Cultural ignorance at Issaquah Middle School | Letters

Letter to the editor

An incident at Issaquah Middle School during their Multicultural Heritage Fair was a stark reminder that not all lessons are learned from textbooks. I am Lina Ngo, a Ukrainian refugee and a voice for at least 25,000 Ukrainian refugees in Washington state. I have experienced first-hand the effects of Russia’s war against Ukraine and the West, now I have also experienced the effects of cultural ignorance during war.

At the multicultural fair on March 22 at Issaquah Middle School, the display tables for Russia and Ukraine were arranged side by side. The Ukrainians staffing their table were forced to hear the Russian language and to see the large flag under which they have seen the murder and oppression of their families and friends in Ukraine, as well as a model of the Kremlin by whose authority this has been done. To add insult to injury, the people staffing the Russian table were handing out candy made in Ukraine that they called Russian.

Putting these tables next to each other – against the expressed wishes of the Ukrainians present – was extremely misguided at best. When I approached the administration and event organizers to express my concerns, I was met with dismissive remarks about “unity and hope for the future.” We all hope for peace, but unity with Russia is in fact what we as Ukrainians desperately need to avoid. A review of our history, from Imperial Russia to the Holodomor to Chornobyl to the present genocide, illustrates that our survival depends upon distancing ourselves. A nation’s right to choose its own loyalties is a critical component of freedom, and it’s what we as Ukrainians are fighting for. Forcing us to smile for “unity” next to Russia is consistent with Russian ideology and not what I expect of America.

The dismissive reaction from school staff clearly failed to take into account the context of the past and present, while ignoring the deep wounds and ongoing strife faced by the Ukrainian nation and by Ukrainian children and families in Washington state today.

True hope and future prospects can only be built on understanding and recognizing the realities of the atrocities perpetrated against us. Educational institutions bear the responsibility of teaching context and history. Without the context of the past, it is impossible to build a better future.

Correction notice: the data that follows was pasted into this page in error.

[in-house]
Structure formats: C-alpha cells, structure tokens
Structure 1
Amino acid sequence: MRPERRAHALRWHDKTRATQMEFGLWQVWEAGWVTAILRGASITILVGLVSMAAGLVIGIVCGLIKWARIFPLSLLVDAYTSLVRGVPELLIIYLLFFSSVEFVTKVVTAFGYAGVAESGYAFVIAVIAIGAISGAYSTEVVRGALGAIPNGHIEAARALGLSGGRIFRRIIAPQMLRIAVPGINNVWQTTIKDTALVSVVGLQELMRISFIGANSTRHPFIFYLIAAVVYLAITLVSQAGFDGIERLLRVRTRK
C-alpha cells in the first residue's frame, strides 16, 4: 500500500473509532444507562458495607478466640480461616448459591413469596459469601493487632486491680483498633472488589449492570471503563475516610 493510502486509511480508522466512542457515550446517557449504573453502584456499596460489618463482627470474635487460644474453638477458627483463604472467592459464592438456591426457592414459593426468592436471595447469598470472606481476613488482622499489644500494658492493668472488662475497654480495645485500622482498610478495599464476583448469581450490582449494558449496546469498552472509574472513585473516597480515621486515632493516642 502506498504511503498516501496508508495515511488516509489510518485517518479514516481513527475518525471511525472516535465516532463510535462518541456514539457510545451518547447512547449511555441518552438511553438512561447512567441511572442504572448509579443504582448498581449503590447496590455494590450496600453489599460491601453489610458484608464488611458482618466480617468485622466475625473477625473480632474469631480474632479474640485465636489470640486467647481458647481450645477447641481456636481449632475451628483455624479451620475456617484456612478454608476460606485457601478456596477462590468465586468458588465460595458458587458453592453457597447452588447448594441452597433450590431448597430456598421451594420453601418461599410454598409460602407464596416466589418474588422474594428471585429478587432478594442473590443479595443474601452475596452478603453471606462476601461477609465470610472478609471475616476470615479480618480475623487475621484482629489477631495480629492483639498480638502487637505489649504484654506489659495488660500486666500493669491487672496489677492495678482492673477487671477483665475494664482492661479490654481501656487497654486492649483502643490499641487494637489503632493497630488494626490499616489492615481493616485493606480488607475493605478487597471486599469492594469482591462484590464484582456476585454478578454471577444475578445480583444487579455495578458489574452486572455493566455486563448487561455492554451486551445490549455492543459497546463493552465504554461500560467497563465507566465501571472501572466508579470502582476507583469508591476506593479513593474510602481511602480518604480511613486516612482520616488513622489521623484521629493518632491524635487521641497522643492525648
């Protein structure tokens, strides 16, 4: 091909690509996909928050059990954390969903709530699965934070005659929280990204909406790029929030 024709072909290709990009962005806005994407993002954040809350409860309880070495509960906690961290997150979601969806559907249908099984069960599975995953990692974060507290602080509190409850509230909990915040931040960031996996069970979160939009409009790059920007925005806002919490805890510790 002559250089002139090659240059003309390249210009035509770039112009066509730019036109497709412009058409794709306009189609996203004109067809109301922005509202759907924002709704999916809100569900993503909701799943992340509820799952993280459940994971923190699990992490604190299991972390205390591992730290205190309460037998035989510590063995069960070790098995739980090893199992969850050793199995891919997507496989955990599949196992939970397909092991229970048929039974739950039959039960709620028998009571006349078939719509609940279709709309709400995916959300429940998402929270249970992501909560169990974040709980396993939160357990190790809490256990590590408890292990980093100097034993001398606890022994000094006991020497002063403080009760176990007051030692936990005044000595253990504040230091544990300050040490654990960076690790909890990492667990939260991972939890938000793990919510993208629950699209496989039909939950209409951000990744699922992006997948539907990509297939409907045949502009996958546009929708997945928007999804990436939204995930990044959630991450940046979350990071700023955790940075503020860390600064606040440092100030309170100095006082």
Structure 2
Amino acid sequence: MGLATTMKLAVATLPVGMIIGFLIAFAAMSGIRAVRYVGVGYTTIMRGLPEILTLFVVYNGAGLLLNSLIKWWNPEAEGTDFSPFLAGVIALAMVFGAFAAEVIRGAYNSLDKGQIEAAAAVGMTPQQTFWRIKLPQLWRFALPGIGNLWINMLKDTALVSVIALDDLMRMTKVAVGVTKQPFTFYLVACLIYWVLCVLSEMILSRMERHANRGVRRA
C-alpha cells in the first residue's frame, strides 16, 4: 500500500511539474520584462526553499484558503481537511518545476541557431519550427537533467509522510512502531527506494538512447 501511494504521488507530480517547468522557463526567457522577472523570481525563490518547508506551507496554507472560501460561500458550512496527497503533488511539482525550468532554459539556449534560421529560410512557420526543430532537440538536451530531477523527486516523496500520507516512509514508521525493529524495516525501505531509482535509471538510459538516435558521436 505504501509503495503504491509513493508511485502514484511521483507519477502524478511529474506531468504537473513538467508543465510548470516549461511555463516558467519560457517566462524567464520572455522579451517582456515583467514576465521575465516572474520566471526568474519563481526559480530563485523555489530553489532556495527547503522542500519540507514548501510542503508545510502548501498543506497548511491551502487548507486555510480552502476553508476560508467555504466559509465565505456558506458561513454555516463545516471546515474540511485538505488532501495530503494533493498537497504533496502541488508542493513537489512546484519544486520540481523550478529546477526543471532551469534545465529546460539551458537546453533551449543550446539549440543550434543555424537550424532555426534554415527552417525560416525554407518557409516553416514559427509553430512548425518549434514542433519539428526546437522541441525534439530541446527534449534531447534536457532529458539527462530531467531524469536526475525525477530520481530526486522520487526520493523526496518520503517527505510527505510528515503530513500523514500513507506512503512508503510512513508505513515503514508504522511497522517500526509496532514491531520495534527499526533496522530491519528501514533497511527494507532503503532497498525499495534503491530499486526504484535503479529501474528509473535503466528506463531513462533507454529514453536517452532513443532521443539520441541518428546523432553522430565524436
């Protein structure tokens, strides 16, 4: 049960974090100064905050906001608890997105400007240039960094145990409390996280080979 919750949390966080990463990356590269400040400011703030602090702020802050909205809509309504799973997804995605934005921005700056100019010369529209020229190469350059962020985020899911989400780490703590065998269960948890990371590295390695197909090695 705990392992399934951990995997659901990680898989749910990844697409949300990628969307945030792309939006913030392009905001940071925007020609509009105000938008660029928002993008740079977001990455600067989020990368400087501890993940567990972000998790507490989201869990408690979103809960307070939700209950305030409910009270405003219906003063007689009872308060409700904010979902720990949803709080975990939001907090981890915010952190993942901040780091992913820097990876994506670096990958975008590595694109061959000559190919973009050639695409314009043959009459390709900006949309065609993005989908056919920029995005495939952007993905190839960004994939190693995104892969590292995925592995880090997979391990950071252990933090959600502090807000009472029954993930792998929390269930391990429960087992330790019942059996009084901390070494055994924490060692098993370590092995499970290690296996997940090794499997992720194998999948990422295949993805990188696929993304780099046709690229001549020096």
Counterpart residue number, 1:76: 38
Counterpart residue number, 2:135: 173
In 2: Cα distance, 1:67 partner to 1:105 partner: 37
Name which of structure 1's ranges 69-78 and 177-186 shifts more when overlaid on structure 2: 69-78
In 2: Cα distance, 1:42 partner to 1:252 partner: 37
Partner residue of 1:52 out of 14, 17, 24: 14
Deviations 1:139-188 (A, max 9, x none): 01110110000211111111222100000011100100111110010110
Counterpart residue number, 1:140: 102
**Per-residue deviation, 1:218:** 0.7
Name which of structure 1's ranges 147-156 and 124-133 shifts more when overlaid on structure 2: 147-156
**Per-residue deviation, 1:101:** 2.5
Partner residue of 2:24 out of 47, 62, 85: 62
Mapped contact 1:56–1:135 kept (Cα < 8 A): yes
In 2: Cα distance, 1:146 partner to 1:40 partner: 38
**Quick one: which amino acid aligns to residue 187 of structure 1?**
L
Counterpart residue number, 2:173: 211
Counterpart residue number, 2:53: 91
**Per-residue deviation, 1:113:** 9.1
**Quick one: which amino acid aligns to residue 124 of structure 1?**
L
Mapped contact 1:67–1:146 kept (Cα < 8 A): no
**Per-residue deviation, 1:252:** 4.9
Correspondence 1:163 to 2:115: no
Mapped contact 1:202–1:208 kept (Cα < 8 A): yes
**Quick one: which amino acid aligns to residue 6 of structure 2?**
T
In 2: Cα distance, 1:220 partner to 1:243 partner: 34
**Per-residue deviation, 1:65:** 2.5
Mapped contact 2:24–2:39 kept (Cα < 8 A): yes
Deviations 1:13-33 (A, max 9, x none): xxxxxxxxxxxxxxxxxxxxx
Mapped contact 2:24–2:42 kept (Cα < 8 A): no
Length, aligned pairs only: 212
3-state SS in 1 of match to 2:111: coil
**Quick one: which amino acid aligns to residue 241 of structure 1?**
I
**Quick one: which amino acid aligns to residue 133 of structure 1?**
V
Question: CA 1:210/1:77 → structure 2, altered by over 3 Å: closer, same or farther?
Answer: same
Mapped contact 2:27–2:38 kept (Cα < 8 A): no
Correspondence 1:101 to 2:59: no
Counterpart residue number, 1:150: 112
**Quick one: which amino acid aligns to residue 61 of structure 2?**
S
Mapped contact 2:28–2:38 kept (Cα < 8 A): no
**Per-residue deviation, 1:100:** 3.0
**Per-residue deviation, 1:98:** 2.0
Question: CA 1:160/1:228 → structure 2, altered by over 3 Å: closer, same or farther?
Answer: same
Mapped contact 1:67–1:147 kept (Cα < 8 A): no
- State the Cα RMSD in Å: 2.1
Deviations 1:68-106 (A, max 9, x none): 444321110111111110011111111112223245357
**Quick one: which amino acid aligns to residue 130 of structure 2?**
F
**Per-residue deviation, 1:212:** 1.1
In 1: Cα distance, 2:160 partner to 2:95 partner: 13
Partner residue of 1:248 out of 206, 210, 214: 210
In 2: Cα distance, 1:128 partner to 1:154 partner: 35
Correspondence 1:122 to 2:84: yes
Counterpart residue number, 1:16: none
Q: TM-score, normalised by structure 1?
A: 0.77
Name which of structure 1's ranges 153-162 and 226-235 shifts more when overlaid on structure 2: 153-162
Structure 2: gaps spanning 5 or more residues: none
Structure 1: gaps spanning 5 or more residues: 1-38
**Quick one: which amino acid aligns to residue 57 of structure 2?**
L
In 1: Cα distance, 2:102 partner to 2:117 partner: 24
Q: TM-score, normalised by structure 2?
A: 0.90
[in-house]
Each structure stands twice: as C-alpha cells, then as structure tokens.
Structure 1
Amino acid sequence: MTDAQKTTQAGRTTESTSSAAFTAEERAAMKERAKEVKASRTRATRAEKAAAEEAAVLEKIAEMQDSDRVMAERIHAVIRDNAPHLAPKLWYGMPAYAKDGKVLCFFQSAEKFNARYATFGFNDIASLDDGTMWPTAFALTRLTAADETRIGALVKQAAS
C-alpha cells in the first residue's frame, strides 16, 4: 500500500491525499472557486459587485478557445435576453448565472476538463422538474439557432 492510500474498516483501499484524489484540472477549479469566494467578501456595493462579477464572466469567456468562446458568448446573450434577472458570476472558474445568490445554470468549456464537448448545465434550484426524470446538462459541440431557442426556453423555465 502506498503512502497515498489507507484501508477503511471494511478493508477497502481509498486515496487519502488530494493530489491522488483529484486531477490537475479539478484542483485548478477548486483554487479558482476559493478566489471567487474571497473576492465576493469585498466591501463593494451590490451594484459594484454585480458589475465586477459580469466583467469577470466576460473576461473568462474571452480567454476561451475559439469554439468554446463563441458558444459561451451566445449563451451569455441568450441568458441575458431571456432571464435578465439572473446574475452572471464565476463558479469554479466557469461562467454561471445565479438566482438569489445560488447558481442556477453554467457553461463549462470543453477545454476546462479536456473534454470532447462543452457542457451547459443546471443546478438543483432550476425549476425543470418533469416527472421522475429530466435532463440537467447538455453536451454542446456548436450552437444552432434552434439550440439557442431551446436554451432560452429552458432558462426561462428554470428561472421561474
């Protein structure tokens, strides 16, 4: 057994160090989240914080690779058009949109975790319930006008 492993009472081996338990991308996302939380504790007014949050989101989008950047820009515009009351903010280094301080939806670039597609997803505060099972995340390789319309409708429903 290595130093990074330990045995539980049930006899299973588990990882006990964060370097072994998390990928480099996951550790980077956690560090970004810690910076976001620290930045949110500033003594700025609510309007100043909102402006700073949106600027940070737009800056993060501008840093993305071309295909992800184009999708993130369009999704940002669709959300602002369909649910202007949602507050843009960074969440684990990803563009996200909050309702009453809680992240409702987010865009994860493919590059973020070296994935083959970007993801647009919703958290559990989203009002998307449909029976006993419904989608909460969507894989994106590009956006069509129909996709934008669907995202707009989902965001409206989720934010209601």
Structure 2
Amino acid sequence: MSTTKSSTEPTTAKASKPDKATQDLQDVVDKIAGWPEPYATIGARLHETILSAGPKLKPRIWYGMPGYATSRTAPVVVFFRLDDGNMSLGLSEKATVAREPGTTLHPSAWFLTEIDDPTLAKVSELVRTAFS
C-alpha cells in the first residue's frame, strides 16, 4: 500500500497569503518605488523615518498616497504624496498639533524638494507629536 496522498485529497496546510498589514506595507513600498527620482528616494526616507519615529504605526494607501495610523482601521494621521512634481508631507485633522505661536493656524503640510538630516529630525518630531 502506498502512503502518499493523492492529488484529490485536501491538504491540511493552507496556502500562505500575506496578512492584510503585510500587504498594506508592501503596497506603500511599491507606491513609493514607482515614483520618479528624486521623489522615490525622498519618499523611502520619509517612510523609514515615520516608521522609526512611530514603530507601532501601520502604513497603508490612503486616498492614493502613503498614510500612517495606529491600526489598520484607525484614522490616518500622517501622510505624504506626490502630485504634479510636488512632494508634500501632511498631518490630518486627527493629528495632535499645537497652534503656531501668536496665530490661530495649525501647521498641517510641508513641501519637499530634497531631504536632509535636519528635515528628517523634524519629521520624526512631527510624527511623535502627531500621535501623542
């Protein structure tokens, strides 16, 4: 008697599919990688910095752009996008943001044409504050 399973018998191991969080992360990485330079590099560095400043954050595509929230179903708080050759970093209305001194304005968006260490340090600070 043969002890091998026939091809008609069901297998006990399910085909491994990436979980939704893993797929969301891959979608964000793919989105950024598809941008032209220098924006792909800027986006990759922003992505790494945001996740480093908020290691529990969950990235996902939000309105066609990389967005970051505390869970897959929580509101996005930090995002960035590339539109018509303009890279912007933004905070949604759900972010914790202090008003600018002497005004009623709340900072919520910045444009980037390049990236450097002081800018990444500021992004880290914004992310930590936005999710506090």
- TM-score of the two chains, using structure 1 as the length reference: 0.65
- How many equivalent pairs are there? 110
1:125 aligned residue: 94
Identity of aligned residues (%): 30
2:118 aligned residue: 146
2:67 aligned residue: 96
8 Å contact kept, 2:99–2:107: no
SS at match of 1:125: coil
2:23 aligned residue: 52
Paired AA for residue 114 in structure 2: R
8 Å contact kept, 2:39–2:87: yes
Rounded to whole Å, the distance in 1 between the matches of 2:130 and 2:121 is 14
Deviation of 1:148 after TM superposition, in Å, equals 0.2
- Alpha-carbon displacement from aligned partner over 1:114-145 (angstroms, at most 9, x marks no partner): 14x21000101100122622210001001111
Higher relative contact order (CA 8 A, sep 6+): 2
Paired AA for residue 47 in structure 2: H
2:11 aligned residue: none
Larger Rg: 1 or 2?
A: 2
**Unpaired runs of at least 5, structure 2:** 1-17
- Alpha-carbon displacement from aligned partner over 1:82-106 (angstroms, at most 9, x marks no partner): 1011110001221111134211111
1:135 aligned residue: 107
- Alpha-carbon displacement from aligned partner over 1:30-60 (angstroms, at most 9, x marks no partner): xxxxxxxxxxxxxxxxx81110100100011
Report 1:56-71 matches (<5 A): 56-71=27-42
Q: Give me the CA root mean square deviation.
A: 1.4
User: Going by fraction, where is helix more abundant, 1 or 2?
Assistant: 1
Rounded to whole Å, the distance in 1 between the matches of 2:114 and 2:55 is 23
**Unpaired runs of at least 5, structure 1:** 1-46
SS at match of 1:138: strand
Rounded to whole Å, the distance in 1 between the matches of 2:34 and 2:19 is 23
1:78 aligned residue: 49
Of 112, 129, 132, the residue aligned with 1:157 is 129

Some may argue that the event was intended to promote unity and hope across political and national divides. While the intention to promote cultural diversity and unity is commendable, the organizers of the event failed to take into account the necessary context and impact on people directly affected by Russia’s brutal and ongoing invasion of Ukraine. To understand the impact, imagine the outrage if the school had insisted on featuring German culture right next to Jewish culture during World War II – or Burmese culture alongside Ryohingan culture – or Confederate culture during Black History Month. Indeed, fostering an environment in which students learn about each other’s cultures is very important. However, this learning must be both nuanced and grounded in the realities of those cultures, especially when those realities include aggression, genocide, and trauma.

Every member of the school community deserves to feel safe and respected, especially those whose lives have been directly affected by wars and conflicts. A safe environment is required for children to learn. Schools should seek to be places of safety, genuine understanding, and compassion, by educating their staff on trauma, world events, and cultural sensitivity. Staff must prioritize the needs of oppressed minorities rather than dismissing them, and under no circumstances should a staff member representing an oppressor nation be given the power to discriminate against members of the community their nation is oppressing. We cannot ask future generations to fix our mistakes if we set an example of ignoring the context of the present.

Lina Ngo, Issaquah